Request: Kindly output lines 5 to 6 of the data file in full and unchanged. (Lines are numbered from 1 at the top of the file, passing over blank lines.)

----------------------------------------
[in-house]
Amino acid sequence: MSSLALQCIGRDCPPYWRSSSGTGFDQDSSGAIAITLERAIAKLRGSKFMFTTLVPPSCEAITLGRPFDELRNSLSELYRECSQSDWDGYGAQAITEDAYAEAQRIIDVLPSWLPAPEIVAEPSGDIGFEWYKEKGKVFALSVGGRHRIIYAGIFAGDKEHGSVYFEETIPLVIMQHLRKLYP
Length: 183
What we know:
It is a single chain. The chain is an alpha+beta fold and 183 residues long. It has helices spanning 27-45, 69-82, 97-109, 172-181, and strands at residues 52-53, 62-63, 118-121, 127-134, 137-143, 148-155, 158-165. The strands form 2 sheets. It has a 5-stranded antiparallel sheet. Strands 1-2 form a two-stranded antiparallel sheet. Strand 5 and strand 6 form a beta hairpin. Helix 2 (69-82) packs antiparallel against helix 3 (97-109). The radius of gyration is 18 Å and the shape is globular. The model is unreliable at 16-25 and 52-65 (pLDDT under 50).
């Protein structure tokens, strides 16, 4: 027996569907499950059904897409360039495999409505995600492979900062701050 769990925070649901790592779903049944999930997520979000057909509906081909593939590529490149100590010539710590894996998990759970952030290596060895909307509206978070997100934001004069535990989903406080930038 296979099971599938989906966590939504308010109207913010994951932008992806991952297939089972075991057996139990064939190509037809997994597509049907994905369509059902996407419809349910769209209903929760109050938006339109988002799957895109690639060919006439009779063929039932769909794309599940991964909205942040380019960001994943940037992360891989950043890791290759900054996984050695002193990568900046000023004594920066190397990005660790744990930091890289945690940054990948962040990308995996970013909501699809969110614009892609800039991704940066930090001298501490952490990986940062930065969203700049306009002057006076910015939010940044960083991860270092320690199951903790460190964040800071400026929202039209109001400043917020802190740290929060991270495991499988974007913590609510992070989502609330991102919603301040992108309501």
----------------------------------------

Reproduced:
It is a single chain. The chain is an alpha+beta fold and 183 residues long. It has helices spanning 27-45, 69-82, 97-109, 172-181, and strands at residues 52-53, 62-63, 118-121, 127-134, 137-143, 148-155, 158-165. The strands form 2 sheets. It has a 5-stranded antiparallel sheet. Strands 1-2 form a two-stranded antiparallel sheet. Strand 5 and strand 6 form a beta hairpin. Helix 2 (69-82) packs antiparallel against helix 3 (97-109). The radius of gyration is 18 Å and the shape is globular. The model is unreliable at 16-25 and 52-65 (pLDDT under 50).
């Protein structure tokens, strides 16, 4: 027996569907499950059904897409360039495999409505995600492979900062701050 769990925070649901790592779903049944999930997520979000057909509906081909593939590529490149100590010539710590894996998990759970952030290596060895909307509206978070997100934001004069535990989903406080930038 296979099971599938989906966590939504308010109207913010994951932008992806991952297939089972075991057996139990064939190509037809997994597509049907994905369509059902996407419809349910769209209903929760109050938006339109988002799957895109690639060919006439009779063929039932769909794309599940991964909205942040380019960001994943940037992360891989950043890791290759900054996984050695002193990568900046000023004594920066190397990005660790744990930091890289945690940054990948962040990308995996970013909501699809969110614009892609800039991704940066930090001298501490952490990986940062930065969203700049306009002057006076910015939010940044960083991860270092320690199951903790460190964040800071400026929202039209109001400043917020802190740290929060991270495991499988974007913590609510992070989502609330991102919603301040992108309501």